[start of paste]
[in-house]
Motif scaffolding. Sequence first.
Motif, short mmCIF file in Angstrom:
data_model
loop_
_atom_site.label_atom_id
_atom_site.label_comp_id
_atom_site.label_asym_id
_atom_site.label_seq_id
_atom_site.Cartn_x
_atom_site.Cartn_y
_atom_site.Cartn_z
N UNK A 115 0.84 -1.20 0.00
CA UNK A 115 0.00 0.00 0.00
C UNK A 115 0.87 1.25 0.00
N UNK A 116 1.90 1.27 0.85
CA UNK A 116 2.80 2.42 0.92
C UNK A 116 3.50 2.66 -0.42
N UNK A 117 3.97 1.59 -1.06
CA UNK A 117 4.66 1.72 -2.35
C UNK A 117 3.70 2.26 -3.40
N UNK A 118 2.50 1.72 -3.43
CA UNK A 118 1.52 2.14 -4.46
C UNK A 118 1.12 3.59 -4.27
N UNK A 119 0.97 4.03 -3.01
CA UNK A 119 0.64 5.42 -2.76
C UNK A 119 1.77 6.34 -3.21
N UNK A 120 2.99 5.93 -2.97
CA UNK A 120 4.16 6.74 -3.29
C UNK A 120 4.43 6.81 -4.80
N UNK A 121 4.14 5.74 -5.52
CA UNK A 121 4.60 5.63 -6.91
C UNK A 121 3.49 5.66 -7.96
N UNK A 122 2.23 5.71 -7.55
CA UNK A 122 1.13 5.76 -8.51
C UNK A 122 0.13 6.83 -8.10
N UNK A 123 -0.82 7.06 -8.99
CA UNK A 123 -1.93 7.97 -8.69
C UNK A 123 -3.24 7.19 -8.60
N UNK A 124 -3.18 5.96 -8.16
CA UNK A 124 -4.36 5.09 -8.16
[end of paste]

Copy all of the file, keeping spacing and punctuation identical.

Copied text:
[in-house]
Motif scaffolding. Sequence first.
Motif, short mmCIF file in Angstrom:
data_model
loop_
_atom_site.label_atom_id
_atom_site.label_comp_id
_atom_site.label_asym_id
_atom_site.label_seq_id
_atom_site.Cartn_x
_atom_site.Cartn_y
_atom_site.Cartn_z
N UNK A 115 0.84 -1.20 0.00
CA UNK A 115 0.00 0.00 0.00
C UNK A 115 0.87 1.25 0.00
N UNK A 116 1.90 1.27 0.85
CA UNK A 116 2.80 2.42 0.92
C UNK A 116 3.50 2.66 -0.42
N UNK A 117 3.97 1.59 -1.06
CA UNK A 117 4.66 1.72 -2.35
C UNK A 117 3.70 2.26 -3.40
N UNK A 118 2.50 1.72 -3.43
CA UNK A 118 1.52 2.14 -4.46
C UNK A 118 1.12 3.59 -4.27
N UNK A 119 0.97 4.03 -3.01
CA UNK A 119 0.64 5.42 -2.76
C UNK A 119 1.77 6.34 -3.21
N UNK A 120 2.99 5.93 -2.97
CA UNK A 120 4.16 6.74 -3.29
C UNK A 120 4.43 6.81 -4.80
N UNK A 121 4.14 5.74 -5.52
CA UNK A 121 4.60 5.63 -6.91
C UNK A 121 3.49 5.66 -7.96
N UNK A 122 2.23 5.71 -7.55
CA UNK A 122 1.13 5.76 -8.51
C UNK A 122 0.13 6.83 -8.10
N UNK A 123 -0.82 7.06 -8.99
CA UNK A 123 -1.93 7.97 -8.69
C UNK A 123 -3.24 7.19 -8.60
N UNK A 124 -3.18 5.96 -8.16
CA UNK A 124 -4.36 5.09 -8.16